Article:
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a guide to jewelry finishes matte mirror patina antique hammered texture

A Guide to Finishes

This is by no means an exhaustive list of finishes, but it’s a good start and can be helpful when you talk to a jeweler about making or repairing a piece of jewelry.

Mirror or High Polish: The metal is polished to a mirror-like finish. The jeweler goes through many steps to reach this finish.

Satin or Matte: This finish is not reflective but It feels smooth.

Brushed: This finish is not reflective and it has some texture to the touch. 

Sandblasted: This finish is not reflective and has texture to it as well. The finish is achieved with , as the name implies, a sandblasting machine. Sand and glass blast the surface. The finish varies depending on the force of the sandblasting.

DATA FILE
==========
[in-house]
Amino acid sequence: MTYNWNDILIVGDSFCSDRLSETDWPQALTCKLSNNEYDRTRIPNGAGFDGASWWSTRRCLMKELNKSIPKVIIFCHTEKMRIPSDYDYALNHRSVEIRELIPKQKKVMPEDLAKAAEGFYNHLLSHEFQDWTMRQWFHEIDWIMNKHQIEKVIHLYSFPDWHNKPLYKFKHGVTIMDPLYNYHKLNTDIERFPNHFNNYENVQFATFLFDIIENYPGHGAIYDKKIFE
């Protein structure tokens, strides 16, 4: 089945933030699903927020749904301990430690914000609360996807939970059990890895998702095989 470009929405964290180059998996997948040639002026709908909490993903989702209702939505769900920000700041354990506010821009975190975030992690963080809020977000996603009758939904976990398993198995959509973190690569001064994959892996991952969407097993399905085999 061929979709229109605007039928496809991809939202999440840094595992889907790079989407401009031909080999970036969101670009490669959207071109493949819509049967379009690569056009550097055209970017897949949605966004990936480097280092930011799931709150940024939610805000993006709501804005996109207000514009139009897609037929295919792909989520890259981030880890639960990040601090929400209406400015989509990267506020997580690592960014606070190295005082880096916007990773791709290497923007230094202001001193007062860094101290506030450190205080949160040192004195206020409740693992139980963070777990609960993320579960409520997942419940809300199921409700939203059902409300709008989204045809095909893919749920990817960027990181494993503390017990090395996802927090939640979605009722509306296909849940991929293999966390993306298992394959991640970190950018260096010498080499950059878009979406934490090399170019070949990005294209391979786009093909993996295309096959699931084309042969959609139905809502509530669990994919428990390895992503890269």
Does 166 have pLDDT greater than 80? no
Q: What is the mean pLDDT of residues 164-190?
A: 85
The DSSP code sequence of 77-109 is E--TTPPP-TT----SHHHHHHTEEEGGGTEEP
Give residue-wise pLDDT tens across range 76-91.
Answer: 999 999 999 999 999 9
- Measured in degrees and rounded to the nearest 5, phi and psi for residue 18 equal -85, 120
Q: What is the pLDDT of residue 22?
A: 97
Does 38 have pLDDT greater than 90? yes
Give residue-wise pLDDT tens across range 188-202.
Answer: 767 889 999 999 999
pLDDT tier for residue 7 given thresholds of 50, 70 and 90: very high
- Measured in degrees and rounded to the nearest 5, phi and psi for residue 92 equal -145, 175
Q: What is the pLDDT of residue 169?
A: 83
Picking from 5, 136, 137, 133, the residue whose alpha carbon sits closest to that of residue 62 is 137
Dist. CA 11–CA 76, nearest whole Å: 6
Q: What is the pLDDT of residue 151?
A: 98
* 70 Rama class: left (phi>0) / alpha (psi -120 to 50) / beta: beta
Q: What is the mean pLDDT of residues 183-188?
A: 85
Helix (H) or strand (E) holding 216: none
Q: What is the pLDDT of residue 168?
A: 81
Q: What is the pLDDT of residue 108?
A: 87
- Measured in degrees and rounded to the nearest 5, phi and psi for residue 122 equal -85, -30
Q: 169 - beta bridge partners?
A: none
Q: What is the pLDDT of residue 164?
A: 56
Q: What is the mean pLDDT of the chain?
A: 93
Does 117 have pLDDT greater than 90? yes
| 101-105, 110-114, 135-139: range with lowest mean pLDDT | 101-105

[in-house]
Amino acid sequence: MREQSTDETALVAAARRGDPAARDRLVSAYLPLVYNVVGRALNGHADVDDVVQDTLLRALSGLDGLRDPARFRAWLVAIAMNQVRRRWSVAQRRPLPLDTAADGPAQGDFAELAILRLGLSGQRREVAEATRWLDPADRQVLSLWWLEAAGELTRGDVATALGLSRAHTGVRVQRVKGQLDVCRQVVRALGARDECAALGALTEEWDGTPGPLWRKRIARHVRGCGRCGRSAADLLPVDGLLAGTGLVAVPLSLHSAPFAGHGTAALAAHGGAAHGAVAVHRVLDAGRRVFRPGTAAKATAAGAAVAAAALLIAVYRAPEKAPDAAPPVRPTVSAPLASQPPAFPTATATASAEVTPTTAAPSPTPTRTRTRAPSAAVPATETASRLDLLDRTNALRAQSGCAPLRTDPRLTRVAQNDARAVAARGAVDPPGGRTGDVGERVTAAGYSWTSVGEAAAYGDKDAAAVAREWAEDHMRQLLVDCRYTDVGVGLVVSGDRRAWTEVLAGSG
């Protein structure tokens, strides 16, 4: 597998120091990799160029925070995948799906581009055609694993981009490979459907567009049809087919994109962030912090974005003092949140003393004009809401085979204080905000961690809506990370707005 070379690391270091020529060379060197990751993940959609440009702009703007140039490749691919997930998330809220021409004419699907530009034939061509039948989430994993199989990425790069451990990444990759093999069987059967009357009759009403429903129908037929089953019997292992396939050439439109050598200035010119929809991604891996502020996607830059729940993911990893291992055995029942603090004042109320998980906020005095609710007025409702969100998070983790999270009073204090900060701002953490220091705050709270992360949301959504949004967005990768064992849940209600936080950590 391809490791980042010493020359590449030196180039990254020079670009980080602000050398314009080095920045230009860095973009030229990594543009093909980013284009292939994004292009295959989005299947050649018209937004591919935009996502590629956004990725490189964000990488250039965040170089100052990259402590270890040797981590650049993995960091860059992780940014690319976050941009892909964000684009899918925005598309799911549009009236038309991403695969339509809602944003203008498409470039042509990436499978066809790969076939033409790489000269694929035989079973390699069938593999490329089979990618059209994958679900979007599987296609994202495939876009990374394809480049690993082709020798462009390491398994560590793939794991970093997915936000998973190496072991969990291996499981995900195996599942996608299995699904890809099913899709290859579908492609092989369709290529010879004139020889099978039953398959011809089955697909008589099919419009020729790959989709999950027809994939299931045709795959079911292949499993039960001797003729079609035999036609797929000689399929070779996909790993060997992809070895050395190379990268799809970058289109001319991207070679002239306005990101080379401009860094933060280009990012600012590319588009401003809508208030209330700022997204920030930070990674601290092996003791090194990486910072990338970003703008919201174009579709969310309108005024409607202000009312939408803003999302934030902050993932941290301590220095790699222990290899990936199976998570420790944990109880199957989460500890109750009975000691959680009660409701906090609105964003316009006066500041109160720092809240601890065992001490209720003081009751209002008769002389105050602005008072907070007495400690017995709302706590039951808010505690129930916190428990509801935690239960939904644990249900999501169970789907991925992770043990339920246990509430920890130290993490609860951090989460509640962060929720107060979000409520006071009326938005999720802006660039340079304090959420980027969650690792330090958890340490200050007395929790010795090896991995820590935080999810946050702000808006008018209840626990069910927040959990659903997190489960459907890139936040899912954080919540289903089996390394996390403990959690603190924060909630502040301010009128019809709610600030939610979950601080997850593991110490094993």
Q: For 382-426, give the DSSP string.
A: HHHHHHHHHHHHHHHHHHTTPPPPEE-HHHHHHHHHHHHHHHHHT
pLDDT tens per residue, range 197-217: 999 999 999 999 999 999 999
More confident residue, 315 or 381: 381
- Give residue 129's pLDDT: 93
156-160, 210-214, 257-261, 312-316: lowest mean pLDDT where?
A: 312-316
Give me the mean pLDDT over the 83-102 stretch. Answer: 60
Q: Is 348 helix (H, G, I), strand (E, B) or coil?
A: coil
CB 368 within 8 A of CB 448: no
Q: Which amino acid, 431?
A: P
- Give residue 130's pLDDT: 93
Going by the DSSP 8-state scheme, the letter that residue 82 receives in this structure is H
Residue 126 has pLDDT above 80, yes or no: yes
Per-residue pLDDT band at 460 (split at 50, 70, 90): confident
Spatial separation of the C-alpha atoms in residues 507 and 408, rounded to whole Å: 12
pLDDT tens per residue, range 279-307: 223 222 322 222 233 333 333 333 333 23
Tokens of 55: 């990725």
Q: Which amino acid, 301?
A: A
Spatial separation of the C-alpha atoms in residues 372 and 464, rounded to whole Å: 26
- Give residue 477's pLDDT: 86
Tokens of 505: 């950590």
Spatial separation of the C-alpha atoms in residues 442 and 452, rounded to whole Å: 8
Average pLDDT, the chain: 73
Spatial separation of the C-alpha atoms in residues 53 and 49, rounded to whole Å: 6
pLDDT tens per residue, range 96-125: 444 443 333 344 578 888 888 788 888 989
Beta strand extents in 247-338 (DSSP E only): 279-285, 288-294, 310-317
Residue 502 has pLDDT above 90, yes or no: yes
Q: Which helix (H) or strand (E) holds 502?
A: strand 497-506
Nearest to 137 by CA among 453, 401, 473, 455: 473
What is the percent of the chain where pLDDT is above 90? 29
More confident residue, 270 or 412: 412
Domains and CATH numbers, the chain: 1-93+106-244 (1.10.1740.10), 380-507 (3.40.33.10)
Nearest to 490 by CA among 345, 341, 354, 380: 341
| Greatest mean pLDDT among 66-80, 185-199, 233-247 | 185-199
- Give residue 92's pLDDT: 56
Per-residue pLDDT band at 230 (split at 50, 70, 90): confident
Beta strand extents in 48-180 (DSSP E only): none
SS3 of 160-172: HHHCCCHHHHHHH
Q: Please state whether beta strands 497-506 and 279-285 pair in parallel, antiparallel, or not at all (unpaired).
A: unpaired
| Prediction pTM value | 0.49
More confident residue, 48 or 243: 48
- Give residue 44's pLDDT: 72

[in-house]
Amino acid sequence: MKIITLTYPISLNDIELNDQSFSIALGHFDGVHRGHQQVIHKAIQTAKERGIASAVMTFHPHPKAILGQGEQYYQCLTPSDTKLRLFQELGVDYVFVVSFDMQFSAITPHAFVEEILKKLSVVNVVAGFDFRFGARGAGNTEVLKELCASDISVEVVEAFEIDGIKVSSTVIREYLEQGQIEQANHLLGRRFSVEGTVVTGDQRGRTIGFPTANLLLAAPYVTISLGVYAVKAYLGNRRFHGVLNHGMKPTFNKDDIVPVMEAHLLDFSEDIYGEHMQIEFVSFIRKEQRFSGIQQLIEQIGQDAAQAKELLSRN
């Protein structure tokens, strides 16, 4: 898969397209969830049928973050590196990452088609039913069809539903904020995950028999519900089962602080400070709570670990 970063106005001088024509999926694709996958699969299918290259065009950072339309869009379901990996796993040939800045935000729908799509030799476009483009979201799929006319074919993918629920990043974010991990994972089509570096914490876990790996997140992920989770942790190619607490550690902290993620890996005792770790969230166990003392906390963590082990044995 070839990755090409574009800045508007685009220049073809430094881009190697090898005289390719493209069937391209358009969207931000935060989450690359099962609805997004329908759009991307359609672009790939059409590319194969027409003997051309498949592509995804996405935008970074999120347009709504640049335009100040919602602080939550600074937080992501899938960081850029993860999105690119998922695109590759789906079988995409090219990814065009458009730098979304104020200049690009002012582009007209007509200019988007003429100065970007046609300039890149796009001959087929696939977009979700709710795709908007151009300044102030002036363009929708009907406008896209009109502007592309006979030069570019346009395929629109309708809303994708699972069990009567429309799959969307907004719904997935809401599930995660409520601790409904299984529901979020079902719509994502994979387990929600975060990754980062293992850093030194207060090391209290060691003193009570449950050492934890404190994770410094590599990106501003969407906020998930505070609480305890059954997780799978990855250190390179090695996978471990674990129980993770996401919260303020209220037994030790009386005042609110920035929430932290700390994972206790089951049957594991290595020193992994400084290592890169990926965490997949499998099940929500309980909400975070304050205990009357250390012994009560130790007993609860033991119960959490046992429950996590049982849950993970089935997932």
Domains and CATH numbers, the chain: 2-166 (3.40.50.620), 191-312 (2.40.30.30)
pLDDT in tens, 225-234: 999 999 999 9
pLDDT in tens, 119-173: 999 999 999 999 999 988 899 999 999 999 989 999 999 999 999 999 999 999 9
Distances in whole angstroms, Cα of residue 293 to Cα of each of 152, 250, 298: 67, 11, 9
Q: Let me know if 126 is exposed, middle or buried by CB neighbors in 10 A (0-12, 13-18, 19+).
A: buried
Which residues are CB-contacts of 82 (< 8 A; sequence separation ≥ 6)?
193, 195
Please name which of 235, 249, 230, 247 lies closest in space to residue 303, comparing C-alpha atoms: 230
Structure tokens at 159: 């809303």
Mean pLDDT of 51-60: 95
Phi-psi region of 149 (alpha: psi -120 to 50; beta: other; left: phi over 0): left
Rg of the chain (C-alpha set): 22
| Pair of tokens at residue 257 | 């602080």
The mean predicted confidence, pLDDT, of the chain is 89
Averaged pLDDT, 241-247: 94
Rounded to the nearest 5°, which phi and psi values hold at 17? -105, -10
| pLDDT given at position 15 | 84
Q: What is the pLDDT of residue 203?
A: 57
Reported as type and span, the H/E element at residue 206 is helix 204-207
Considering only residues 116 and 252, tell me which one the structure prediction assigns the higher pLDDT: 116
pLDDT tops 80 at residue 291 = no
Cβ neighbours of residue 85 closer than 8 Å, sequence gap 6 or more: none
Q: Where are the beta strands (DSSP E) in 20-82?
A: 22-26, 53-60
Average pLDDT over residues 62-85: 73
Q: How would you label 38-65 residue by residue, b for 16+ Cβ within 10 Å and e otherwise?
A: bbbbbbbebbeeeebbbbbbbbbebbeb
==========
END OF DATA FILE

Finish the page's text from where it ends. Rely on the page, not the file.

Hammered: The metal may be mirror or matte and you can add more dimension with hammers! There are a variety of hammers a jeweler can use to create the finish, so that hammered look may vary.

Torch Effects (Reticulation): A skilled jeweler can use a torch to produce a ridged or ripply surface

Granulation: This ancient technique fuses tiny spheres, “granules,” to a piece of metal.

Oxidation: This is sometimes called an antique finish. Chemicals are used to speed up the oxidation process that will darken the metal, giving the metal a patina.This is usually done on sterling silver, bronze, brass or copper.

Engraving: Much engraving today is done by machine. Hand engraving tends to be deeper and is done by using a very sharp chisel-like tool to draw or write on the metal. It, quite literally, “moves the metal.” 

Etching: A process using chemicals (acids) to create a design on the metal.

Stamping: As the name suggests, stamping is when the jeweler stamps letters, shapes and textures onto the metal. This is done using metal stamping tools that are harder than the metal being stamped.

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